Wednesday 17th of October 2018

fondly remembering the anti-US, anti-UK general de gaulle...


The French president urged citizens of the populous European country to be like Charles de Gaulle, the 20th-century general and politician, and avoid complaining in the face of economic difficulty.

During a visit to the northeastern village of Colombey-les-Deux-Eglises — de Gaulle’s home and burial place — on Saturday, French President Emmanuel Macron, after announcing significant cuts to pensions in the nation, cited the wartime leader, according to the Independent.

READ MORE: French President Accepts Interior Minister's Resignation — Reports

“You may speak very freely but the one thing you have no right to do is complain,” Macron said, citing de Gaulle, and adding: “I think the general had the right idea. The country would be different if everyone did the same.” 

“We don’t realize how immensely lucky we are. We are seeing more and more elderly people in our country in good health,” Macron added, referring to social welfare budget cuts.

Earlier, during celebrations of the 60th anniversary of the country’s de Gaulle-introduced constitution, Macron claimed that the durability of France’s presidential system “allows me to avoid the tyranny of immediacy, which is an absurdity of our times, which means day-to-day vagaries should not decide a nation’s course.”


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macron got his feet caught in the carpet...

Between the disgrace for the President of the Republic and the honor finger of a young Antillean, controversy blew up ... Nadia Le Brun returns to the scandal triggered by the photo of Emmanuel Macron taken during his trip to St. Martin.

The photo on which Emmanuel Macron poses alongside two young men, one out of prison, the other addressing a honor finger to who knows, is perplexing. To see the President, all smiles, casual, between the two shirtless West Indians, one first wonders if it is not a photomontage, but when you understand that this picture is not a hoax, we are caught between astonishment and consternation.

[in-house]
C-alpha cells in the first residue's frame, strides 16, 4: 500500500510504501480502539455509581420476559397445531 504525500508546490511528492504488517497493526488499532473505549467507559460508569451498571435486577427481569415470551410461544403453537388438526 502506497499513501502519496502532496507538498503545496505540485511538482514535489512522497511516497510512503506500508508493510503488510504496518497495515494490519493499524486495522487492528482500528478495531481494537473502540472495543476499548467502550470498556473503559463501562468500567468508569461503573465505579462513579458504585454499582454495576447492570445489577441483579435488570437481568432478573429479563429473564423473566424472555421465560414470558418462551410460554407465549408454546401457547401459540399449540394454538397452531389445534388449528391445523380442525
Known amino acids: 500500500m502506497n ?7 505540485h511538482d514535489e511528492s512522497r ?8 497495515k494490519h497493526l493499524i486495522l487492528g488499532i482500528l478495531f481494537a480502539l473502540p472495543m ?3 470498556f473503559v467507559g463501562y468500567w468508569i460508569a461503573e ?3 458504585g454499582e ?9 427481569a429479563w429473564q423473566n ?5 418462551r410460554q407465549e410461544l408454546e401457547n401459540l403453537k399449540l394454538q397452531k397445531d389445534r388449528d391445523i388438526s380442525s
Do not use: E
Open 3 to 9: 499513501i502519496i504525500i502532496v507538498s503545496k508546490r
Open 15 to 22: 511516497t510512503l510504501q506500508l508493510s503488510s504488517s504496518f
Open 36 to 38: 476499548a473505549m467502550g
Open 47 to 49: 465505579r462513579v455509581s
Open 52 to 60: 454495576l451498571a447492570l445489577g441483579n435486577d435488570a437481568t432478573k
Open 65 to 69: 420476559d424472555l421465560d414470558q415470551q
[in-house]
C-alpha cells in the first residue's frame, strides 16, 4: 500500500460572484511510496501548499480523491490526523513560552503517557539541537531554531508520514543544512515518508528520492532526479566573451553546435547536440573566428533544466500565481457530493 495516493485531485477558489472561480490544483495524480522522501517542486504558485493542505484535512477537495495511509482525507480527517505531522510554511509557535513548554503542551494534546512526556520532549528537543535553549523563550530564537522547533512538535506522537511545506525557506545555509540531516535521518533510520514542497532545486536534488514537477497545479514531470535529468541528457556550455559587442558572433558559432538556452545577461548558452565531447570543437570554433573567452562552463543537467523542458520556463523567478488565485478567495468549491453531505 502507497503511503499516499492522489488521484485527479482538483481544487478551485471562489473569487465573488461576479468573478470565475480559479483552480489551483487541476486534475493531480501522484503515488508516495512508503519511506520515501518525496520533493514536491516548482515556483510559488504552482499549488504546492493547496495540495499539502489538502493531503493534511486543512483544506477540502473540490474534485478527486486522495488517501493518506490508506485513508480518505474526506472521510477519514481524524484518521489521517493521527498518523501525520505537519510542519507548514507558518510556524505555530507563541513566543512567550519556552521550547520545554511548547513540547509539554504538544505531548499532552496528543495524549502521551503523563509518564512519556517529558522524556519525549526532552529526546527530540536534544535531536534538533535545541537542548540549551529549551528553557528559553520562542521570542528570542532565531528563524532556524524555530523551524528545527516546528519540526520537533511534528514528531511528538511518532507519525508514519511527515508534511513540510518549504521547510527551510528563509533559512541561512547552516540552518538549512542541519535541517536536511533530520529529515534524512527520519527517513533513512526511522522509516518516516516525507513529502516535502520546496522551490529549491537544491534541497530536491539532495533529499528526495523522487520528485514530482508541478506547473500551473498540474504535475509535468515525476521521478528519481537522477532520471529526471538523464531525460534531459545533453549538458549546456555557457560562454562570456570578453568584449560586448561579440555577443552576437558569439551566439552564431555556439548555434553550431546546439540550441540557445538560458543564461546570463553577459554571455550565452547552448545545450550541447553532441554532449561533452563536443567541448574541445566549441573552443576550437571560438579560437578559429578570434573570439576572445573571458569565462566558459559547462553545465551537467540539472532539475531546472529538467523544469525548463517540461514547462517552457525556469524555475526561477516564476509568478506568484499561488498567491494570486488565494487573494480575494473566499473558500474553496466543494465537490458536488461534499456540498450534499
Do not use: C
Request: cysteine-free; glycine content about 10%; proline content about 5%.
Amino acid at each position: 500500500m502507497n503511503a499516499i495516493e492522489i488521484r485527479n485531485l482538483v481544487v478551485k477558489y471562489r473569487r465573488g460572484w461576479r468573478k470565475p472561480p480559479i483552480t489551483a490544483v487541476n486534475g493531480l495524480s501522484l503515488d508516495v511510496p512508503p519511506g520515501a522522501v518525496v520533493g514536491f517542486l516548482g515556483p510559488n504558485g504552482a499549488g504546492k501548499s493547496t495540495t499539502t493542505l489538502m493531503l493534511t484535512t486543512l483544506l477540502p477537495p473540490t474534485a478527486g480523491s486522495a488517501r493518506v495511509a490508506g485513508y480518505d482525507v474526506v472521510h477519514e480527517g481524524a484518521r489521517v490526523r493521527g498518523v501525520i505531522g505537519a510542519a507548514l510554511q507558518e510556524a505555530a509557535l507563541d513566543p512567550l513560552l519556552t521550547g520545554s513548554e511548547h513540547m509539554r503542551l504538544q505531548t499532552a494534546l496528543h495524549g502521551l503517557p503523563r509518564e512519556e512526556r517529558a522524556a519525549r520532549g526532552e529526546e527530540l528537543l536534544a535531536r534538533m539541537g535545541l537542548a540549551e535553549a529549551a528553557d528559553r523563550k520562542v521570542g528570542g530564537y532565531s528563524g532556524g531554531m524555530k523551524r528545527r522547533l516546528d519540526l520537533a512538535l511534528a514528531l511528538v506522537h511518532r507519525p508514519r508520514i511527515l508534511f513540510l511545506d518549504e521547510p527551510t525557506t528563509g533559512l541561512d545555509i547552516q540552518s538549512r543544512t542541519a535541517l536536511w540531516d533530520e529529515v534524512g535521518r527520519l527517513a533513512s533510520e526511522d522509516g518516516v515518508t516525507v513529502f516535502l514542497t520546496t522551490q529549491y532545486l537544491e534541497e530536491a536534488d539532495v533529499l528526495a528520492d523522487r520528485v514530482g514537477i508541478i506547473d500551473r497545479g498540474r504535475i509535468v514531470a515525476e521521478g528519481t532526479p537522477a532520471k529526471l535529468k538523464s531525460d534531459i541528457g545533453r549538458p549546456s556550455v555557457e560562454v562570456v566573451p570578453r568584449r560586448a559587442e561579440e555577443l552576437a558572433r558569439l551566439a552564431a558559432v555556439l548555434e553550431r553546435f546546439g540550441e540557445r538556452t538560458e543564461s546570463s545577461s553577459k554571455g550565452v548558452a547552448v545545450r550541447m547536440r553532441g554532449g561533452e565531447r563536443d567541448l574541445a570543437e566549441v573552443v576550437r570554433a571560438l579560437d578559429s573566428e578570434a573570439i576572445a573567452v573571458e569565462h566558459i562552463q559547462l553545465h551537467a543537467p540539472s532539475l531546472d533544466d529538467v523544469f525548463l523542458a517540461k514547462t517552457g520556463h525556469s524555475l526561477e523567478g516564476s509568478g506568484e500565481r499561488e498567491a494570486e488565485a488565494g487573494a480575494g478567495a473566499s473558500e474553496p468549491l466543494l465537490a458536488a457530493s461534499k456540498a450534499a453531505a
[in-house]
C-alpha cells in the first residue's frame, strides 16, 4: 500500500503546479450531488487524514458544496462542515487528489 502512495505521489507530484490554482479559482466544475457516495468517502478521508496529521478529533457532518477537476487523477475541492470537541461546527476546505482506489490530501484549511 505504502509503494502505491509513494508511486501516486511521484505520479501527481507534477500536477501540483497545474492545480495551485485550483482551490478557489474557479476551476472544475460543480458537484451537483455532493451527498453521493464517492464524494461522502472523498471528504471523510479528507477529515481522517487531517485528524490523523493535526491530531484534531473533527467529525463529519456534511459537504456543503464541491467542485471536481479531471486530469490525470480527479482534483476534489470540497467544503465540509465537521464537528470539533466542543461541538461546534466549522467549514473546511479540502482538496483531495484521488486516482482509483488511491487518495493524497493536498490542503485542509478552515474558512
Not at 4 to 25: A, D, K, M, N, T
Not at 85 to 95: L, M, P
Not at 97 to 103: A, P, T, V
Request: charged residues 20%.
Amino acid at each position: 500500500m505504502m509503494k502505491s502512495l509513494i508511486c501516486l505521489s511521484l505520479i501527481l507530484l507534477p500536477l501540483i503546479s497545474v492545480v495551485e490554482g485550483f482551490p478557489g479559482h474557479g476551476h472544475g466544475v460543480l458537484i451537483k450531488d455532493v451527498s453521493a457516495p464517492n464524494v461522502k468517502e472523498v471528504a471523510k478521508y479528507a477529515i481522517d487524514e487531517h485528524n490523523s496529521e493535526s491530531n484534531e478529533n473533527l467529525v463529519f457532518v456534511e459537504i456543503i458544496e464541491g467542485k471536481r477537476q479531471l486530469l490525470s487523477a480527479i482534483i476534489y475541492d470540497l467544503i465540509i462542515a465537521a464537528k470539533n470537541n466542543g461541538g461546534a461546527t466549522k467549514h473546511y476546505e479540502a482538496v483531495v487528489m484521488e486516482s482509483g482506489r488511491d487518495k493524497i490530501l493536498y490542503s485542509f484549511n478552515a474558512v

Has this picture, undeniably vulgar, been validated by the president, who displays a satisfied and mocking air? Was there a flaw in his media plan, orchestrated to reconnect with the French people, to stop his downfall in the polls?

He had been embarrassing by his presumptuousness. "I really love to be close my fellow citizens, within kissing distance, embrace and conversation," he said, stating: "But I will not change politics." As if, in his overconfidence he did not understand that the faith of France is in crisis. From Macron, France suffers from indigestion due to being too well fed.

Yet, employment stagnates, growth slows, deficits continue to grow. His fellow citizens can not stand to be treated like beggars. From workers of Gad - the "illiterate" - to the strikers in Lunel: "You will not scare me with your T-shirt; the best way to pay for a suit is to work." Next, riling the unemployed and the "sans-abris": "I cross the street and I find at least one." [meaning there are lazy bums everywhere].

In the West Indies, what was to be a publicity stunt ended with a bloody nose. In these theatrics, Emmanuel Macron got his feet caught in the carpet and fell.


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Translation by Jules Letambour.

Note: in regard to the toon at top, the elderlies have died or are too sick to complain or there is nowhere to complain any more about Macron's social policies...

toxic bananas...

French islands of Martinique and Guadeloupe want Paris to take responsibility for harming their land with a toxic pesticide. Ruptly crew went to see its effects on the people, who suffer skyrocketing cancer and fertility problems.

Kepone, also called chlordecone, is a chemical, which was used in the past to kill insects. Just like closely related compounds DDT and Mirex, it proved to be a bad choice, since it doesn’t degrade well in the environment, tends to accumulate in animals and causes various health problems. The chemical caused a health scare in the mid-1970s in the US and was promptly banned. The World Health Organization listed it as a possible carcinogen in 1979.


"Small doses are very harmful because they have an effect on our DNA, in an epigenetic way. And this is transmitted to our children. This propensity to being affected by cancer, obesity and fertility problems spreads over three, four generations, leading to a possible extinction of Martinicans," said Dr. Christiane Jos-Pelage, a pediatrician on Martinique

The chemical’s spread is hardly surprising. It made its way into water supply, aquatic animals and up the food chains. In addition to health effects, it harms the islands’ agriculture, since products containing chlordecone cannot be exported to mainland France.

“People started to wonder because some food is good enough for Martinicans but not for people from mainland France,”said David Desnel, a spokesperson for the Federation of Fishery and Waters Association of Martinique.


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